University of Queensland researchers have traced the origins of one of the most important steps in animal evolution – the development of nerves.
Professor Bernie Degnan, from UQ's School of Integrative Biology, together with PhD student Gemma Richards and colleagues from France, have traced the evolution of the nerve cell by looking for pre-cursors in, of all places, the marine sponge.
"Sponges have one of the most ancient lineages and don't have nerve cells," Professor Degnan said.
"So we are pretty confident it was after the sponges split from trunk of the tree of life and sponges went one way and animals developed from the other, that nerves started to form.
"What we found in sponges though were the building blocks for nerves, something we never expected to find."
Professor Degnan said the science involved came from the relatively new area of paleogenomics, which is the study of ancestral genomes to paint a more accurate picture of animal evolution.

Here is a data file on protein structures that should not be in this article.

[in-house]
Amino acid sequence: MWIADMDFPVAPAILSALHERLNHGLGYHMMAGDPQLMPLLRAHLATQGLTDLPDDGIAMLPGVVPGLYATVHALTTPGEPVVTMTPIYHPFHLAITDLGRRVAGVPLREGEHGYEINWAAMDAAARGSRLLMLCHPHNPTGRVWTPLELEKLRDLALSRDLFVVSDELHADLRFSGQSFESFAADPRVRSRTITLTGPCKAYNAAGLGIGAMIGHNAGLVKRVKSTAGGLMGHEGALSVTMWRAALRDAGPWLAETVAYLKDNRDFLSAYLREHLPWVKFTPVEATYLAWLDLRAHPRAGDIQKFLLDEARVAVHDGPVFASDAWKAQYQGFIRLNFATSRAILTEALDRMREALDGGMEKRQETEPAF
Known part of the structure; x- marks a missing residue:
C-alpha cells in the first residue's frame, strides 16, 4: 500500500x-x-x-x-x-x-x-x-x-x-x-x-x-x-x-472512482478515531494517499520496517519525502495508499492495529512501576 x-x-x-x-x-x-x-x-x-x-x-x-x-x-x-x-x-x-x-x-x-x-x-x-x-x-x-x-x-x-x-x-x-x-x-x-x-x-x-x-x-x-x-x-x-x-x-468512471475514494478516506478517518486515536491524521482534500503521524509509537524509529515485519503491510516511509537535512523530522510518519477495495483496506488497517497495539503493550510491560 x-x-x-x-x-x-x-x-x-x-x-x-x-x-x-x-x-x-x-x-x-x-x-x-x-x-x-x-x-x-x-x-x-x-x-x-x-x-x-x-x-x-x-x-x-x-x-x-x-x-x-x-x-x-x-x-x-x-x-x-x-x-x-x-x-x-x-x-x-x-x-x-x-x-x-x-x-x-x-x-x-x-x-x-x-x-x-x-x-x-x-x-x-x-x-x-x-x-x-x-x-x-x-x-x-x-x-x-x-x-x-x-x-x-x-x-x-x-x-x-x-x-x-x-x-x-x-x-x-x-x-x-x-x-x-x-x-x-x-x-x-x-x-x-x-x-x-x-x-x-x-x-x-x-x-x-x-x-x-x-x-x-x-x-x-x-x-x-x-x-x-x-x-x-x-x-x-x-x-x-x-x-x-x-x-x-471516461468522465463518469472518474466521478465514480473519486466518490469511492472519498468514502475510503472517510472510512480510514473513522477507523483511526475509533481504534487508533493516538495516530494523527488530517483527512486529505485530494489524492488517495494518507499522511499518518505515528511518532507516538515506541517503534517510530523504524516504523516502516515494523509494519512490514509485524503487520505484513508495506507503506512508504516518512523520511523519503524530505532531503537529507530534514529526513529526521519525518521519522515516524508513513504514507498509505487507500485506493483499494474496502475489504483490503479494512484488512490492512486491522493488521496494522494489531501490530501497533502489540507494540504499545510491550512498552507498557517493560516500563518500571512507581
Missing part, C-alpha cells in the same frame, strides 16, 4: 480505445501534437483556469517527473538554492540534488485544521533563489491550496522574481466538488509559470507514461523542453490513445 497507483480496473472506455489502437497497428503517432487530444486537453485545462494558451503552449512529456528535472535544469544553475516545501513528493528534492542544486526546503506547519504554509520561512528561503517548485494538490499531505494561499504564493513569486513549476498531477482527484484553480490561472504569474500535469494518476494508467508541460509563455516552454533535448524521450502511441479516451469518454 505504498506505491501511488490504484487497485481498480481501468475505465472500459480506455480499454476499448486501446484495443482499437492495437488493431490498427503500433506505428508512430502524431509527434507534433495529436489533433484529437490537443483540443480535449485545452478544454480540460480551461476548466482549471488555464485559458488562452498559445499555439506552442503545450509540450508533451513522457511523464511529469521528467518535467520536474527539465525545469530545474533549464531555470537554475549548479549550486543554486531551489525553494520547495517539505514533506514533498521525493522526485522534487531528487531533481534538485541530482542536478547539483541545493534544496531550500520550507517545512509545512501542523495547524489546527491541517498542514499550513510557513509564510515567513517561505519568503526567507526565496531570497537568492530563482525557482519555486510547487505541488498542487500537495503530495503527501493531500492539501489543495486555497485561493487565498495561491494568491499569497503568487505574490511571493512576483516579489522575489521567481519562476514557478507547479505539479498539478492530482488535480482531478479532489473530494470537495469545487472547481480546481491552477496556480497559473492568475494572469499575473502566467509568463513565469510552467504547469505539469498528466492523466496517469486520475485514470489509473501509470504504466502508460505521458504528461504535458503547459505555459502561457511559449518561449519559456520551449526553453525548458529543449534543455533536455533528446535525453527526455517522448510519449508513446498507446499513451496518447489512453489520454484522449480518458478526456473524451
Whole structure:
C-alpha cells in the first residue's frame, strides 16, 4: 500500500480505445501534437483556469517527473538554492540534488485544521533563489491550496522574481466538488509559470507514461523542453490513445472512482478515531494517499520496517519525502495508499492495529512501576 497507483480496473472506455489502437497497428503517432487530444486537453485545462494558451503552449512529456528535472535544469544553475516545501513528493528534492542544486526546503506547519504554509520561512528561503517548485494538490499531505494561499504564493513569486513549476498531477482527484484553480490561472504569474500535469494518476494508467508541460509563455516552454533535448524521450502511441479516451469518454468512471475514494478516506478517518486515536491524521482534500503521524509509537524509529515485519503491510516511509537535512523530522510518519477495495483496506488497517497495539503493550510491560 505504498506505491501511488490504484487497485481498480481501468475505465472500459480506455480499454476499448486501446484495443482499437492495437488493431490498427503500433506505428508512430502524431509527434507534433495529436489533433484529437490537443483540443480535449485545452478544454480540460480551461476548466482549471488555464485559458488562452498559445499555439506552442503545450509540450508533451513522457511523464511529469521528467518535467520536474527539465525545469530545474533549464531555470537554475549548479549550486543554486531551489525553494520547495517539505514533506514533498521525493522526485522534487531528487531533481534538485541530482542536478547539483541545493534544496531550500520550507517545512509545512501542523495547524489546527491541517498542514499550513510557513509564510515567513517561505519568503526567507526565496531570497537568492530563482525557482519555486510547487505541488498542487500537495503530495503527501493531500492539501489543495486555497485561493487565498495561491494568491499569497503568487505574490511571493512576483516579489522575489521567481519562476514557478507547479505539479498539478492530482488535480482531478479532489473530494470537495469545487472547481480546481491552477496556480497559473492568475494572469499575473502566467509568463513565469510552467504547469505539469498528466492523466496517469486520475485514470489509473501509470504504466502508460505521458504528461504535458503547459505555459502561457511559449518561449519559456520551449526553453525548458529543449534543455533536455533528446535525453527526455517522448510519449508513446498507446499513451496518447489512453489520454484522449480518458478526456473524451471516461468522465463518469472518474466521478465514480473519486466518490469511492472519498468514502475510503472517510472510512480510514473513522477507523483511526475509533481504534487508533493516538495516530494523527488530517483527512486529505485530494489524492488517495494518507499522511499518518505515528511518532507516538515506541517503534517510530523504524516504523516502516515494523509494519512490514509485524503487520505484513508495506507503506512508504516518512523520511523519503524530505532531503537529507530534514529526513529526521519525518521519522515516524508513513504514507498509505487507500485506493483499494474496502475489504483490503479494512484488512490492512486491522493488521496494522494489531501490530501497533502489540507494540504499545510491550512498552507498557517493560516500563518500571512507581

"What we have done is try to find the molecular building blocks of nerves, or what may be called the nerve's ancestor the proto-neuron," he said.
"We found sets of these genes in sponges, when we really didn't expect it.
"But what was really cool is we took some of these genes and expressed them in frog and flies and the sponge gene became functional – the sponge gene directed the formation of nerves in these more complex animals.
The research was published recently in the scientific journal Current Biology and stems from work done by Professor Degnan's lab in mapping the entire genome of the sea sponge Amphimedon queenslandica.
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